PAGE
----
Dufay was probably born in or near Cambrai around 1400 and was a chorister at the Cathedral there from 1409-1412. Some time before 1420, he must have entered the service of the Malatesta family in Pesaro, Italy, and there is evidence to suggest that he held positions in Cambrai and Laon between 1426-1427. In December 1428, Dufay became a singer in the papal choir, the most famous musical establishment in Europe. Whilst in Italy, he formed close associations with the d’Este family of Ferrara and with the Court of Savoy. It was possible at that time to hold positions in a number of different courts and churches without actually being in residence and this makes it difficult to be sure as to Dufay’s exact movements, but it would appear that from 1440 until his death in 1474, he was based in Cambrai, with the exception of the period 1451-58 which he spent once more in Savoy. He was soon regarded as one of the most famous persons of his day, honored and sought out by musicians and others. The composers Morton and Hayne van Ghizeghem came to Cambrai, perhaps to be with him. Tinctoris spent four months there in 1460, and Ockeghem was his guest in 1462. Dufay continued to compose even in his last few years, but sadly few of the works of his most mature years survive. He died in November 1474 after many weeks of illness.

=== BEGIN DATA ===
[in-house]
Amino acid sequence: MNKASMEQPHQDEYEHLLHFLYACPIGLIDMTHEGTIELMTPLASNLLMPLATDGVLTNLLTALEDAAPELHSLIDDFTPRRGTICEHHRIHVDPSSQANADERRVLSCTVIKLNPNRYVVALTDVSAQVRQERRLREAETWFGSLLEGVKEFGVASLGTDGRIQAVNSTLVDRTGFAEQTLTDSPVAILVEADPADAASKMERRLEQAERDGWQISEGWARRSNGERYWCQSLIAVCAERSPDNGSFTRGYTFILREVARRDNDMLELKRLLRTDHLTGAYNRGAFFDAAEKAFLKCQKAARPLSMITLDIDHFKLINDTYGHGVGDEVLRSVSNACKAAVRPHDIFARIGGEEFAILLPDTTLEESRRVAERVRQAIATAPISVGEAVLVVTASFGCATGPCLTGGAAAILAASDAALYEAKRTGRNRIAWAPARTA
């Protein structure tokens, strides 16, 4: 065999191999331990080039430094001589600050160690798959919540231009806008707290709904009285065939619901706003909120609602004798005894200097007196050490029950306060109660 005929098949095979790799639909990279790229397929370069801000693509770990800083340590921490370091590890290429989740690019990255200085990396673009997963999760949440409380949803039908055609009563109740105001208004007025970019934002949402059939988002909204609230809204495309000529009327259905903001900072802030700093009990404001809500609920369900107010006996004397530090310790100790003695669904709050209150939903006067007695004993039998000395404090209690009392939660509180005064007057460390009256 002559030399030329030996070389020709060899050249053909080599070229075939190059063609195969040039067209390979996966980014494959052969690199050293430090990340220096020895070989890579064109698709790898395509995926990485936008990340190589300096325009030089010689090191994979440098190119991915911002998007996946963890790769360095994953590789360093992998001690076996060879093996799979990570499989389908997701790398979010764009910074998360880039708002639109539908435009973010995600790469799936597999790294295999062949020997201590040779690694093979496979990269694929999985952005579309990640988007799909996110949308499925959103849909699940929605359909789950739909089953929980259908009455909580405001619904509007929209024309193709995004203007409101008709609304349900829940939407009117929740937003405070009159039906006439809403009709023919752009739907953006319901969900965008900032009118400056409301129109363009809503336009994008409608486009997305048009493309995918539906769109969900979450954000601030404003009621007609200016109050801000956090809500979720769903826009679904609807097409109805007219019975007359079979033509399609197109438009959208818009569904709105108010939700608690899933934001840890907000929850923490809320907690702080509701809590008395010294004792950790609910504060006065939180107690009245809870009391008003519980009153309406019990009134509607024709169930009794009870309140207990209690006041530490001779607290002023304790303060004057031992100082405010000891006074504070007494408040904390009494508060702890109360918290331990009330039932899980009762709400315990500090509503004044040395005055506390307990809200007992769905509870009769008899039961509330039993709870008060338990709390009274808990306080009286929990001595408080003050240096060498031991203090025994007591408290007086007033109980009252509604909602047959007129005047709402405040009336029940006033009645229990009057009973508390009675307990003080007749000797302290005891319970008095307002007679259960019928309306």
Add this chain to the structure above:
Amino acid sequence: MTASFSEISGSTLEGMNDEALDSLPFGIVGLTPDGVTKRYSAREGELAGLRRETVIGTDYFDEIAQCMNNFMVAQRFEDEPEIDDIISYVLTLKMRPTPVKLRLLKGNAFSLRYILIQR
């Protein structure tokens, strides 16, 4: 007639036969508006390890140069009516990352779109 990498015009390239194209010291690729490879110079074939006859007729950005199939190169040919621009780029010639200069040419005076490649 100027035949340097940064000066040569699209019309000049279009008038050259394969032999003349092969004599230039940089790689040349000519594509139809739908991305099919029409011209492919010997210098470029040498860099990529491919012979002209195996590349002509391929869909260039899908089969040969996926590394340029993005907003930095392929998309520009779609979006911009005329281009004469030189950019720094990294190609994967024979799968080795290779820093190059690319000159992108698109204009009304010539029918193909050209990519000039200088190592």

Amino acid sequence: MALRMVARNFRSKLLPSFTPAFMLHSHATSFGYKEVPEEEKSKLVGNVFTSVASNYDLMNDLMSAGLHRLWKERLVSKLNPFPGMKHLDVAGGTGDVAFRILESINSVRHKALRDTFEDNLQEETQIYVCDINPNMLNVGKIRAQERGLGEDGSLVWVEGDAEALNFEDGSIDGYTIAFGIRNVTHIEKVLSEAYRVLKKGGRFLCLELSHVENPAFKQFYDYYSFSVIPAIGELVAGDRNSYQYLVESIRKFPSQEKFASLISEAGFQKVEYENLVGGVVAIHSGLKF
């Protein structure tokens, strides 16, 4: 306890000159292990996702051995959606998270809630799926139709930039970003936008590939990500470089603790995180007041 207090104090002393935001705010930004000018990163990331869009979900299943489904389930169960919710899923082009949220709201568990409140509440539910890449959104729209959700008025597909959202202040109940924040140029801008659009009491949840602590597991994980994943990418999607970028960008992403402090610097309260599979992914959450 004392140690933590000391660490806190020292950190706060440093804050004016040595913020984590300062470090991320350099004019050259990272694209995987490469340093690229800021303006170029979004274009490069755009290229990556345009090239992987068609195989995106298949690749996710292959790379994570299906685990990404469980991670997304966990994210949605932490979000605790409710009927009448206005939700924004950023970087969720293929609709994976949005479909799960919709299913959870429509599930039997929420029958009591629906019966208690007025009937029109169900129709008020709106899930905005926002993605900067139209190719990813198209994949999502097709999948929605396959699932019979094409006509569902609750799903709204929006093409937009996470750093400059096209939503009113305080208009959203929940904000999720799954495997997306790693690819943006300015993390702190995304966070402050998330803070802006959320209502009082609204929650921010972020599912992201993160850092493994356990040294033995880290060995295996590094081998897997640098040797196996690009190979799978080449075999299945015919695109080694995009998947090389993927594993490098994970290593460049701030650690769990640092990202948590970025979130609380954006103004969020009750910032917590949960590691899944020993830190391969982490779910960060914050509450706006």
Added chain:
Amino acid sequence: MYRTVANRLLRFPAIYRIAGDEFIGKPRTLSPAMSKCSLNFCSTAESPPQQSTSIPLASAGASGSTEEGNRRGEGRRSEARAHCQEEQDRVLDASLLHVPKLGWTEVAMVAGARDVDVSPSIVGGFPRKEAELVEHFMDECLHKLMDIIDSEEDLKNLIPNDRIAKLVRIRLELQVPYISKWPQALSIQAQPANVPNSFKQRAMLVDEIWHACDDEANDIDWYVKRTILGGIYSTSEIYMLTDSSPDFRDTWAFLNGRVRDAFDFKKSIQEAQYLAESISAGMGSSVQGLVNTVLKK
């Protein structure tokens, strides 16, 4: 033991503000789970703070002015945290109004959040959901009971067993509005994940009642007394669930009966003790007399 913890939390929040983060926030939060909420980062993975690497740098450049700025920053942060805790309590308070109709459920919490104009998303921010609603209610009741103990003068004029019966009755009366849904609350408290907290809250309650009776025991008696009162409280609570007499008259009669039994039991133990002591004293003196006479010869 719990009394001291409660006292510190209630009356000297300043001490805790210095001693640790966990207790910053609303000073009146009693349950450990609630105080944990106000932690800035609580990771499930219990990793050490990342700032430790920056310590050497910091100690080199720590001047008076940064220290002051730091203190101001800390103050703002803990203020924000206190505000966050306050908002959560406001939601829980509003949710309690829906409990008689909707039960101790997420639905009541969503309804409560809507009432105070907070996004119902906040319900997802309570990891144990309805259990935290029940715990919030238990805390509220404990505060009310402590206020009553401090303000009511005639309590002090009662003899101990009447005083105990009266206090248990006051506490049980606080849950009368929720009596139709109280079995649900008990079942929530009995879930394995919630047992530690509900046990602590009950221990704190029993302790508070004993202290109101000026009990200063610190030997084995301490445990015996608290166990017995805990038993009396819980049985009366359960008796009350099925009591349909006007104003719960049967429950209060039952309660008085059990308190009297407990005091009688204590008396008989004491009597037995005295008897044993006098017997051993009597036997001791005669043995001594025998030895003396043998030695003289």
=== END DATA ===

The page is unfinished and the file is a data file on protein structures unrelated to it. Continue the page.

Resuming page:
It was Binchois who perhaps most firmly stamped the Burgundian court style on music all over Western Europe. Throughout his music there is an unforgettable grace, blended with tellingly economic harmonies and clearly defined phrase-structures which gave his songs an extraordinarily successful career across Europe. It is conceivable that he was Ockeghem’s tutor, and indeed the latter used Binchois’ song De plus en plus as the model for a setting of the Mass. Initially in the service of the Duke of Suffolk, Binchois subsequently became the star musician at the Court of Burgundy; indeed it was his song Je ne vis onques that was performed by a young boy seated on a deer in that most famous and extravagant of all medieval court events, the ‘Banquet du Voeu’ mounted by Duke Philip the Good in 1454 to raise funds for a new crusade to re-capture Constantinople from the Turks. A selection of Mass movements and some 30 sacred pieces and 60 songs by Binchois have survived, but sadly, as with most of the composers of this period, this is probably only a small proportion of the music he actually wrote.
Molinet was best known as a writer of poetry and of political treatises that espoused the authorized views of the Court of Burgundy. Yet he was in regular correspondence with composers such as Busnois and Compère, and he clearly also knew Ockeghem—one of his two epitaphs on Ockeghem’s death, Nymphes des bois— was set to music by Josquin Desprez. Tart ara mon cuer is the only surviving song that can definitively be attribute to Molinet, but its lively manner made it one of the most popular songs of the age.